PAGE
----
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Geforce GTX 1080 Ti vs Radeon HD 7990

Intro

The Geforce GTX 1080 Ti features a GPU core clock speed of 1480 MHz, and the 11264 MB of GDDR5X RAM runs at 1376 MHz through a 352-bit bus. It also is made up of 3584 SPUs, 224 Texture Address Units, and 88 Raster Operation Units.

Compare all that to the Radeon HD 7990, which features core speeds of 950 MHz on the GPU, and 1500 MHz on the 3072 MB of GDDR5 RAM. It features 2048 SPUs as well as 128 TAUs and 32 ROPs.

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Benchmarks

These are real-world performance benchmarks that were submitted by Hardware Compare users. The scores seen here are the average of all benchmarks submitted for each respective test and hardware.

3DMark Fire Strike Graphics Score

Geforce GTX 1080 Ti 27629 points
Radeon HD 7990 15520 points
Difference: 12109 (78%)

Zcash Mining Hash Rate

Geforce GTX 1080 Ti 710 Sol/s
Radeon HD 7990 513 Sol/s
Difference: 197 (38%)

Power Usage and Theoretical Benchmarks

Power Consumption (Max TDP)

Geforce GTX 1080 Ti 250 Watts
Radeon HD 7990 375 Watts
Difference: 125 Watts (50%)

Memory Bandwidth

Theoretically, the Radeon HD 7990 should perform a little bit faster than the Geforce GTX 1080 Ti overall. (explain)

Radeon HD 7990 576000 MB/sec
Geforce GTX 1080 Ti 495616 MB/sec
Difference: 80384 (16%)

Texel Rate

The Geforce GTX 1080 Ti will be quite a bit (approximately 36%) faster with regards to texture filtering than the Radeon HD 7990. (explain)

Geforce GTX 1080 Ti 331520 Mtexels/sec
Radeon HD 7990 243200 Mtexels/sec
Difference: 88320 (36%)

Pixel Rate

If using lots of anti-aliasing is important to you, then the Geforce GTX 1080 Ti is a better choice, and very much so. (explain)

Geforce GTX 1080 Ti 130240 Mpixels/sec
Radeon HD 7990 60800 Mpixels/sec
Difference: 69440 (114%)

Please note that the above 'benchmarks' are all just theoretical - the results were calculated based on the card's specifications, and real-world performance may (and probably will) vary at least a bit.

One or more cards in this comparison are multi-core. This means that their bandwidth, texel and pixel rates are theoretically doubled - this does not mean the card will actually perform twice as fast, but only that it should in theory be able to. Actual game benchmarks will give a more accurate idea of what it's capable of.

Price Comparison

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Geforce GTX 1080 Ti

Amazon.com

Check prices at:

Radeon HD 7990

Amazon.com

Check prices at:

Please note that the price comparisons are based on search keywords - sometimes it might show cards with very similar names that are not exactly the same as the one chosen in the comparison. We do try to filter out the wrong results as best we can, though.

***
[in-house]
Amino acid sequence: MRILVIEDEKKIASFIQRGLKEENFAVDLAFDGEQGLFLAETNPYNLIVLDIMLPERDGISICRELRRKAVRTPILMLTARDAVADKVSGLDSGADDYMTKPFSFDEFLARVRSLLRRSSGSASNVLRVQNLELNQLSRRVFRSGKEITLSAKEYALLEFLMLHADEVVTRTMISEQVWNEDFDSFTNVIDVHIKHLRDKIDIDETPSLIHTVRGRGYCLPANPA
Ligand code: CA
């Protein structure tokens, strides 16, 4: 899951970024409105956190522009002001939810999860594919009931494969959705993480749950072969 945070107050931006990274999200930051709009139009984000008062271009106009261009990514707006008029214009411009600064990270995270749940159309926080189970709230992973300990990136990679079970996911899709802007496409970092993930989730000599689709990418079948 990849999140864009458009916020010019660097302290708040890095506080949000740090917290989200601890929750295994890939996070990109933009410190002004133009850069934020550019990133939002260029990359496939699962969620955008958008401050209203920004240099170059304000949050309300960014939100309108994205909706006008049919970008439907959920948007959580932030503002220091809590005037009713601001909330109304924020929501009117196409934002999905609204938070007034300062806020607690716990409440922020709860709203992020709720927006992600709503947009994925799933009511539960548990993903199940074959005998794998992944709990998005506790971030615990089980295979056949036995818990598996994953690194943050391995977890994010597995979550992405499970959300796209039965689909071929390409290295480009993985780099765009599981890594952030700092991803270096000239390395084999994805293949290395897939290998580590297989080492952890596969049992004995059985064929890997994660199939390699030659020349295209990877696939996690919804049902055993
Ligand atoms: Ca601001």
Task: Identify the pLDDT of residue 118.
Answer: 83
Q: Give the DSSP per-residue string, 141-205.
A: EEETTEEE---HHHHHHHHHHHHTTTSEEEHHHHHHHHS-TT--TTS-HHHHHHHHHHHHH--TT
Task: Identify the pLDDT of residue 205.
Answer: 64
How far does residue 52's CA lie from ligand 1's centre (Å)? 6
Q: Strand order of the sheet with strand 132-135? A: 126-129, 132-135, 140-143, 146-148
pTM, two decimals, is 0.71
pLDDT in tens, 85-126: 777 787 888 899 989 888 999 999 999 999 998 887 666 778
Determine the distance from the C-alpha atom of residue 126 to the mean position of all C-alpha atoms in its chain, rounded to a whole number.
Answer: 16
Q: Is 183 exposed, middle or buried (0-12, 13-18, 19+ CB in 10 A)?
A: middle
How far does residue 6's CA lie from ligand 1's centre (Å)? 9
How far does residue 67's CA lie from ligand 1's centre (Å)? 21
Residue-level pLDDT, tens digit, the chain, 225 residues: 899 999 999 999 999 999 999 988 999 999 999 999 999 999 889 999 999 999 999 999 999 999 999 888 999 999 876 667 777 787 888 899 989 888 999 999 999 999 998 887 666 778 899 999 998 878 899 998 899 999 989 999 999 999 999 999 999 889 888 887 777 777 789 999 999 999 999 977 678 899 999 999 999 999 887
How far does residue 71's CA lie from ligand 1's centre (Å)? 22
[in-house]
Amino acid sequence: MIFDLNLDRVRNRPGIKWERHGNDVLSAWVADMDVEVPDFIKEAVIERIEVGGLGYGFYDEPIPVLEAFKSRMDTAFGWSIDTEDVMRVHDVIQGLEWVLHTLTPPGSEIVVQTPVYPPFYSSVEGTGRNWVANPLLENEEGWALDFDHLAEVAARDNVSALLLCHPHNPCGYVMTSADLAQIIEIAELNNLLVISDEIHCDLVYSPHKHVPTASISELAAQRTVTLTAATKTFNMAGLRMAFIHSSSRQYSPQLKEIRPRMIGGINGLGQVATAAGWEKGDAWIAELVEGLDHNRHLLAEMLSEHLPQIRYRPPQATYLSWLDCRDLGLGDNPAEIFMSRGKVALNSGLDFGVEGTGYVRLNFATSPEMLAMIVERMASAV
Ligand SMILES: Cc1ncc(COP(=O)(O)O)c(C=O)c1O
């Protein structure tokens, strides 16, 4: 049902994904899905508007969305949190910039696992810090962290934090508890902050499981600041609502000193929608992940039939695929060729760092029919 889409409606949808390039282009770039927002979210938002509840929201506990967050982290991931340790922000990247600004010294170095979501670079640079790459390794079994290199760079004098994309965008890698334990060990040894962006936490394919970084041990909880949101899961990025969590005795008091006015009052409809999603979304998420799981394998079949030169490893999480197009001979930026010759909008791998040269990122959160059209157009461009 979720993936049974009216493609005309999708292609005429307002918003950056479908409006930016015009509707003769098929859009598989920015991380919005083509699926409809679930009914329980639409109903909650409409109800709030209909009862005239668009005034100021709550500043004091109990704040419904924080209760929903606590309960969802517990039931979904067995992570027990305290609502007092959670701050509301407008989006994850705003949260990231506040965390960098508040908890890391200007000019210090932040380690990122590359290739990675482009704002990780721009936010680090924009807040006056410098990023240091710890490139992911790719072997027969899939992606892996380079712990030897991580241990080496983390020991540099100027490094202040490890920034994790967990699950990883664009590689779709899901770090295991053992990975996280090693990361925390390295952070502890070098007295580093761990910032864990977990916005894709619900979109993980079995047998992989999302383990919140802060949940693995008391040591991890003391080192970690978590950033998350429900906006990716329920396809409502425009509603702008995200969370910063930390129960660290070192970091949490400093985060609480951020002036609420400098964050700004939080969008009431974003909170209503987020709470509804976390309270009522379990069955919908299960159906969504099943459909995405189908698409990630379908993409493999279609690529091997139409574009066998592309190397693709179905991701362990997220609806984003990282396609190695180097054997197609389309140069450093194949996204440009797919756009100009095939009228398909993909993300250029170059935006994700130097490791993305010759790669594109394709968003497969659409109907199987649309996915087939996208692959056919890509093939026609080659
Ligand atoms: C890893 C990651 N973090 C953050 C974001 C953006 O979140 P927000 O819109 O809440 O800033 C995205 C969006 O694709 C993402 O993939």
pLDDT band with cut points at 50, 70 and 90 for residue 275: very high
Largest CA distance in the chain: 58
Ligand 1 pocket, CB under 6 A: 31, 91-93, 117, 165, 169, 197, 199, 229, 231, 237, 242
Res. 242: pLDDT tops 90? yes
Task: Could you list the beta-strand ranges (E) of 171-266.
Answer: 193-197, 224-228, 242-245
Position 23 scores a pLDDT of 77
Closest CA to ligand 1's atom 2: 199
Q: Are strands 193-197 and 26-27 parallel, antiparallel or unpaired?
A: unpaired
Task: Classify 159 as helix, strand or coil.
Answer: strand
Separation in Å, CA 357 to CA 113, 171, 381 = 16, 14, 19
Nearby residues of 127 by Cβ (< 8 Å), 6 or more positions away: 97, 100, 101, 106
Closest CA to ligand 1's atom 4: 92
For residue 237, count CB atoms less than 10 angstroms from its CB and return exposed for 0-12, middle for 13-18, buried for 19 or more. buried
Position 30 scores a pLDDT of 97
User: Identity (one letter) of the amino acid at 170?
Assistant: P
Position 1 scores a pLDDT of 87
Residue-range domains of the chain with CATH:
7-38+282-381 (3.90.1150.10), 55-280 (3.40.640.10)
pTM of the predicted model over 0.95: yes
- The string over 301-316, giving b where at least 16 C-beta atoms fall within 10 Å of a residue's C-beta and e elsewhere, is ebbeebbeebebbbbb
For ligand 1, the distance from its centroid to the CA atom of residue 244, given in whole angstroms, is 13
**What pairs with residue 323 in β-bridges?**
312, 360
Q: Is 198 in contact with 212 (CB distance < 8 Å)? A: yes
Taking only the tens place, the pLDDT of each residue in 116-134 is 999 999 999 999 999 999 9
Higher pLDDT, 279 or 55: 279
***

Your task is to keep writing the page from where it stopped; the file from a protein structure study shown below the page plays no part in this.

Specifications

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Model Geforce GTX 1080 Ti Radeon HD 7990
Manufacturer nVidia AMD
Year March 2017 April 2013
Code Name GP102 Malta
Memory 11264 MB 3072 MB (x2)
Core Speed 1480 MHz 950 MHz (x2)
Memory Speed 11008 MHz 6000 MHz (x2)
Power (Max TDP) 250 watts 375 watts
Bandwidth 495616 MB/sec 576000 MB/sec
Texel Rate 331520 Mtexels/sec 243200 Mtexels/sec
Pixel Rate 130240 Mpixels/sec 60800 Mpixels/sec
Unified Shaders 3584 2048 (x2)
Texture Mapping Units 224 128 (x2)
Render Output Units 88 32 (x2)
Bus Type GDDR5X GDDR5
Bus Width 352-bit 384-bit (x2)
Fab Process 16 nm 28 nm
Transistors 12000 million 4313 million
Bus PCIe 3.0 x16 PCIe 3.0 x16
DirectX Version DirectX 12.0 DirectX 11.1
OpenGL Version OpenGL 4.5 OpenGL 4.3

Memory Bandwidth: Memory bandwidth is the max amount of information (counted in megabytes per second) that can be transferred over the external memory interface within a second. It's calculated by multiplying the interface width by the speed of its memory. If the card has DDR memory, it should be multiplied by 2 again. If DDR5, multiply by ANOTHER 2x. The better the bandwidth is, the better the card will be in general. It especially helps with AA, High Dynamic Range and higher screen resolutions.

Texel Rate: Texel rate is the maximum amount of texture map elements (texels) that can be applied per second. This figure is calculated by multiplying the total number of texture units by the core speed of the chip. The higher this number, the better the card will be at texture filtering (anisotropic filtering - AF). It is measured in millions of texels processed in one second.

Pixel Rate: Pixel rate is the most pixels the graphics card could possibly write to the local memory per second - measured in millions of pixels per second. The number is calculated by multiplying the amount of Raster Operations Pipelines by the the core clock speed. ROPs (Raster Operations Pipelines - also sometimes called Render Output Units) are responsible for filling the screen with pixels (the image). The actual pixel fill rate also depends on quite a few other factors, most notably the memory bandwidth - the lower the bandwidth is, the lower the ability to get to the max fill rate.

Display Prices

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Geforce GTX 1080 Ti

Amazon.com

Check prices at:

Radeon HD 7990

Amazon.com

Check prices at:

Please note that the price comparisons are based on search keywords - sometimes it might show cards with very similar names that are not exactly the same as the one chosen in the comparison. We do try to filter out the wrong results as best we can, though.

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